Training your employees of the current cybersecurity threats, and what to do in the event something bad does happen, is one of the biggest bangs-for-your-security-buck! With email-based compromises being one of the largest sources of breaches these days, improving poor user behavior into an effective line of defense is a huge double impact investment. Of course, the right user awareness training is key. Making it fun and memorable will make your employees be more aware of cyber threats.
If you really want your organization to build internal information security defense via your people, test them via a phishing simulation tool! What good is training if you aren’t testing to see if it is working? There are very good (and super affordable!) solutions out there to strengthen your first line of defense (your employees). There have been rave reviews about InteproIQ’s platform that combines both training and a phishing tool, so it is definitely worth looking into.
5. The Cybersecurity Maturity Model Certification
If your organization has been anywhere near the United States government defense contracting space for the last few months, you hopefully have heard of the newly announced Cybersecurity Maturity Model Certification (CMMC). I think we can all agree that cybersecurity is important. The new sheriff in town for DOD contractor (and potentially other federal) cybersecurity policy and practice adherence is the Office of the Under Secretary of Defense.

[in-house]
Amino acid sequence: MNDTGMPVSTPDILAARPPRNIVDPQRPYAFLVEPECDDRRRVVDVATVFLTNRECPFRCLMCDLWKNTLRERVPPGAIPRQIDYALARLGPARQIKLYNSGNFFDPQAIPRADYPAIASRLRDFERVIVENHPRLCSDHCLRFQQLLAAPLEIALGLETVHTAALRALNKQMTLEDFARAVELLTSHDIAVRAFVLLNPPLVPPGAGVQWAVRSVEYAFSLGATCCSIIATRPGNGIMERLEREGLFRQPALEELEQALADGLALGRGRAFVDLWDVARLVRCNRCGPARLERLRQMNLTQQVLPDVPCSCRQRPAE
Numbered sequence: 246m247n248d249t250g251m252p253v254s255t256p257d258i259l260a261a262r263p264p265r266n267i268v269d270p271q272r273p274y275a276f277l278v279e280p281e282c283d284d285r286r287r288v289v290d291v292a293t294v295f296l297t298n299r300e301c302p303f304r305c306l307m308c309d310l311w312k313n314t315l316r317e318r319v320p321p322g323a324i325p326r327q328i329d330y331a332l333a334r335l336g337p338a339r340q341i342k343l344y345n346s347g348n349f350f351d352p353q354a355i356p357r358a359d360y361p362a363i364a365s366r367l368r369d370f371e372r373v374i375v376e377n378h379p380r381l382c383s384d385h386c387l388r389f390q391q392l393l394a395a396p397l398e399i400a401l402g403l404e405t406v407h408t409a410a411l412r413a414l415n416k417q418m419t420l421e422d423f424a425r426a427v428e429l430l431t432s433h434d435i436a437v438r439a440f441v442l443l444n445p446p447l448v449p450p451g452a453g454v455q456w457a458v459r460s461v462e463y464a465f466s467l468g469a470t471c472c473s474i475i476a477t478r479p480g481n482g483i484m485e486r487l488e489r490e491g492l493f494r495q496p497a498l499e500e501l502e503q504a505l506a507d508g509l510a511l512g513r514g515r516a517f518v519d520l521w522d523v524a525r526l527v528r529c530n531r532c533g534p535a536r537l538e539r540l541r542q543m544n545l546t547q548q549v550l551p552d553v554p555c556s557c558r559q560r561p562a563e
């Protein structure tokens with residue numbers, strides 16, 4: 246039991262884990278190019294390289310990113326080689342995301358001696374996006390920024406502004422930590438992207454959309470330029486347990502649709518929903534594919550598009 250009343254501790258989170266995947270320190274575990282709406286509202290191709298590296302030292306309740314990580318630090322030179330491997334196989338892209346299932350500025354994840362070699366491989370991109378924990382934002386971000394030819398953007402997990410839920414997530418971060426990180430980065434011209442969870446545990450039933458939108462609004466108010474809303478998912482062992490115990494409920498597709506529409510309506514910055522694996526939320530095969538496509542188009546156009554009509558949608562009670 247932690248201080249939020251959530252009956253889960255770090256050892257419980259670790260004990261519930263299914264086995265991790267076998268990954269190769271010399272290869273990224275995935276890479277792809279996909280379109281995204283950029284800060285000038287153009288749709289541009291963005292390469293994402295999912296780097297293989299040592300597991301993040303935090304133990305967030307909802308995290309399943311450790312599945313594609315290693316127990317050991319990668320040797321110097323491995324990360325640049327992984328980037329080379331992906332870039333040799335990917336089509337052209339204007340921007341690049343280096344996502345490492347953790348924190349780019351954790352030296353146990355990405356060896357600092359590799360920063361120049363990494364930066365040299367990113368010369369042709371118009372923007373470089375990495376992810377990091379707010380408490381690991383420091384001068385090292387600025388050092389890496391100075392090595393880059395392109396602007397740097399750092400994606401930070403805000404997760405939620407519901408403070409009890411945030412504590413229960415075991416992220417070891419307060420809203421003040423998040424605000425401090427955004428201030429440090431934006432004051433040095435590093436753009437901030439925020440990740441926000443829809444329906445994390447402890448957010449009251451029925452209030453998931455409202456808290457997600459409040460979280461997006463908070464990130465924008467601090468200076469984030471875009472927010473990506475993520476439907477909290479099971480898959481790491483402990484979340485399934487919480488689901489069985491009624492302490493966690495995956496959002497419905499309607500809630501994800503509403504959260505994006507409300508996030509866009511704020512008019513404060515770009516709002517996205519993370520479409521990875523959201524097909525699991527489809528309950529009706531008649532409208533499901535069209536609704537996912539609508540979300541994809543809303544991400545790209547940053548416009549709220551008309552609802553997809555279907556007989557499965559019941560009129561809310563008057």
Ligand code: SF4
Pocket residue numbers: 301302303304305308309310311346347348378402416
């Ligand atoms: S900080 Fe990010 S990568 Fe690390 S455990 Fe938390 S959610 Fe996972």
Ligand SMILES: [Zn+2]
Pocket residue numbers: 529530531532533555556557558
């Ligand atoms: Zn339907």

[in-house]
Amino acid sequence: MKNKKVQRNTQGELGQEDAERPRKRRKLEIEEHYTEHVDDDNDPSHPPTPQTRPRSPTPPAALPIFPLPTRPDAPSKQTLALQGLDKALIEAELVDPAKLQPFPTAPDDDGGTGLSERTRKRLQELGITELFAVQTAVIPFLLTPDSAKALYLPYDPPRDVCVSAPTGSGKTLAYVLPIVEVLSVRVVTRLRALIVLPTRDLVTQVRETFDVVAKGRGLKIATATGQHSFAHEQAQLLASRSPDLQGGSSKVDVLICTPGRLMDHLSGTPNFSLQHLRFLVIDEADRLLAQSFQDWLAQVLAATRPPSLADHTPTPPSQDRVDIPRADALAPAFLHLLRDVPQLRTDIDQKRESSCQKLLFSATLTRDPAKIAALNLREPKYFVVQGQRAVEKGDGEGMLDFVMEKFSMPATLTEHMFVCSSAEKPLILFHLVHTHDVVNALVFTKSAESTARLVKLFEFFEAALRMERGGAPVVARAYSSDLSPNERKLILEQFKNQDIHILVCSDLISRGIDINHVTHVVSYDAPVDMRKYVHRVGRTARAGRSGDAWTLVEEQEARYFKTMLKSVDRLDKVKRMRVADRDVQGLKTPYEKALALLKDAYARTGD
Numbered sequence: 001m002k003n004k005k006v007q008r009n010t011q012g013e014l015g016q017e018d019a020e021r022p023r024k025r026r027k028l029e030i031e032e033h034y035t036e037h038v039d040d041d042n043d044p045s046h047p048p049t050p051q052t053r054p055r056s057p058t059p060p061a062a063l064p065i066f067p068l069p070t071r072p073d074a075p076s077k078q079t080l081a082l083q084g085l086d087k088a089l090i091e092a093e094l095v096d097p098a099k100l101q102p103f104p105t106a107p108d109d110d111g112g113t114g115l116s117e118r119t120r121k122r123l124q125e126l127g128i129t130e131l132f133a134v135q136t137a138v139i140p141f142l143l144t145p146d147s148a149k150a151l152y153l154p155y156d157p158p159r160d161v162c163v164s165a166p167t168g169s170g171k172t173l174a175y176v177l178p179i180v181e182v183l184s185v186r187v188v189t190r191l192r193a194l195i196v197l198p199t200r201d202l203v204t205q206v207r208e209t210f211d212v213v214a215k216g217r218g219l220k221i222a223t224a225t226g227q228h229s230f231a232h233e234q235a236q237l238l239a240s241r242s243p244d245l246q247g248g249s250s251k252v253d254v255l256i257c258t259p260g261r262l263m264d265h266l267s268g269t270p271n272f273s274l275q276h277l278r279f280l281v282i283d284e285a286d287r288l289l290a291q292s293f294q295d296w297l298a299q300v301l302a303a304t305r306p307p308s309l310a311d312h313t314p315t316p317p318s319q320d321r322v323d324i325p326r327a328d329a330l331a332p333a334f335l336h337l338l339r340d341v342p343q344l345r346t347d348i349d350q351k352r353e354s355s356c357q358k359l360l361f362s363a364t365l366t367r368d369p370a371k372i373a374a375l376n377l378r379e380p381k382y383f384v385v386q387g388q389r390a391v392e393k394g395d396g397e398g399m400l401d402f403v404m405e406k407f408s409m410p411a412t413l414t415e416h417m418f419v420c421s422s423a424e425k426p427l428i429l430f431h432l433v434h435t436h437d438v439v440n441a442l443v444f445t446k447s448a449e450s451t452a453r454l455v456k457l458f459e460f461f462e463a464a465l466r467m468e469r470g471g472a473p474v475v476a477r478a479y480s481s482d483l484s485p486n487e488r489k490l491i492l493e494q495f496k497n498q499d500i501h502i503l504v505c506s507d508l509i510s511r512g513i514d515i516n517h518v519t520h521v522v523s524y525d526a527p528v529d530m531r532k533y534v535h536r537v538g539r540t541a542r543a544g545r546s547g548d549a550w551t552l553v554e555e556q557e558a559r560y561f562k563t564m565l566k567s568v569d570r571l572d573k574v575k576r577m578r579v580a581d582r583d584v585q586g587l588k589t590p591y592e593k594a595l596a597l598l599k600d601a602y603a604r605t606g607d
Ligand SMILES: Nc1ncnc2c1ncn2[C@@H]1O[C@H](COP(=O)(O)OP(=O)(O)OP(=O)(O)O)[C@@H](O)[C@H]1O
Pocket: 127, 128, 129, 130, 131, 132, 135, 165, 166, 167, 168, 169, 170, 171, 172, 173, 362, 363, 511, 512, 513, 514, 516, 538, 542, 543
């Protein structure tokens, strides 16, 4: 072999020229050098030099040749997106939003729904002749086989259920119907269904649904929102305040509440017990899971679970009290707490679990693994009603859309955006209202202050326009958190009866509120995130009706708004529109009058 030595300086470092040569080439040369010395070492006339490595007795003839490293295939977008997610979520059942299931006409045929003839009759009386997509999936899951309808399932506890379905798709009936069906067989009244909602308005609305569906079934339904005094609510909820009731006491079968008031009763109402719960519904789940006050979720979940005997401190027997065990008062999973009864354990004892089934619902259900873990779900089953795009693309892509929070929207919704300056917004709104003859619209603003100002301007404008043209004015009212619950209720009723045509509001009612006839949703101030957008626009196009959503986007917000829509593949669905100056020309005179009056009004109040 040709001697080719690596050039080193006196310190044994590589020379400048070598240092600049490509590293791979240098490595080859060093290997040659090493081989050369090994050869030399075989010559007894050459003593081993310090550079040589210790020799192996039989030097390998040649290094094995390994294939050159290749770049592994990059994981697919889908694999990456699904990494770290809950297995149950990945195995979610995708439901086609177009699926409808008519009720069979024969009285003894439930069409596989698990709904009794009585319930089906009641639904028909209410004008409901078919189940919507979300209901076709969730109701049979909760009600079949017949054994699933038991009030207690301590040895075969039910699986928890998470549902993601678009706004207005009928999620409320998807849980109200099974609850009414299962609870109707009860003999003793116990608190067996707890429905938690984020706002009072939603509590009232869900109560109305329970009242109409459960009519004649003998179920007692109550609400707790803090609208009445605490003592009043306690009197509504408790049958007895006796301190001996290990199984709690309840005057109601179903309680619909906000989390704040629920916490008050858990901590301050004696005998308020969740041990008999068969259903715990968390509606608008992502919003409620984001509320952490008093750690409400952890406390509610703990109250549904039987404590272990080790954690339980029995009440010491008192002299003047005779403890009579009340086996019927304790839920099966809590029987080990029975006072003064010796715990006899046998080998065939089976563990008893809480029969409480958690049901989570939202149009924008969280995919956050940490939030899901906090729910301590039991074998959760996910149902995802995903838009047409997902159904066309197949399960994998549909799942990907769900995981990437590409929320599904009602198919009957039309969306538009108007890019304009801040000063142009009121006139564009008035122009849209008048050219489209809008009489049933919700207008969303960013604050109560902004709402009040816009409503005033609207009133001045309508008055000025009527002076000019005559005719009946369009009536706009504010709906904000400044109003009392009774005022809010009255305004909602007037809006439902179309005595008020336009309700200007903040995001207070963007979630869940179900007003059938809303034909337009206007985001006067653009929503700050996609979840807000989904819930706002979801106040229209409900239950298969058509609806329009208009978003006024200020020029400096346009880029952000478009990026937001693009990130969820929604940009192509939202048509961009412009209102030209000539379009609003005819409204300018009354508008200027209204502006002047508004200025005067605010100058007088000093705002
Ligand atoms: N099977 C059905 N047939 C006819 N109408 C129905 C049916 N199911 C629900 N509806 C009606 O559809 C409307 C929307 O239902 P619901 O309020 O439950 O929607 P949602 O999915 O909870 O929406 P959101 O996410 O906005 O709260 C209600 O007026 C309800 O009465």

The Cybersecurity Maturity Model Certification will be tiered-out in order to ensure affordability by even the smallest of sub-contractors, but more importantly, by the data potentially sensitive data shared with outside organizations. The CMMC allows for different levels of security for different amounts and types of information that need protection. Whether or not this will be implemented outside of the DOD is yet to be determined.
In cases where the contract is not with the DOD, specific clauses for cybersecurity requirements will be laid out through FAR clauses, specific organizational requirements, and NIST 800 series documents.
To summarize, cybersecurity in government contracting is not going away anytime soon. If your organization is aspiring to get a GSA schedule, or be a contractor to the U.S. government in any regard, it will pay dividends to get help understanding the ins-and-outs of both contract negotiating and cybersecurity requirements.
Ensuring taxpayers are not overspending on goods and services is a worthwhile and potentially lucrative business opportunity. Safeguarding the information and data surrounding that venture will ensure it stays lucrative.
Beryllium InfoSec Collaborative helps defense contractors get compliant and implemented with all the DFARS 252.204-7012 and NIST SP 800-171 requirements. We do so in an affordable, practical and secure way, so you can focus on your business. You can watch Winvale’s joint webinar with Beryllium about “Managing Cybersecurity Requirements in Today’s Federal Market” here.
This post originally appeared on the Winvale blog at https://info.winvale.com/blog/top-5-cybersecurity-tips-for-government-contractors.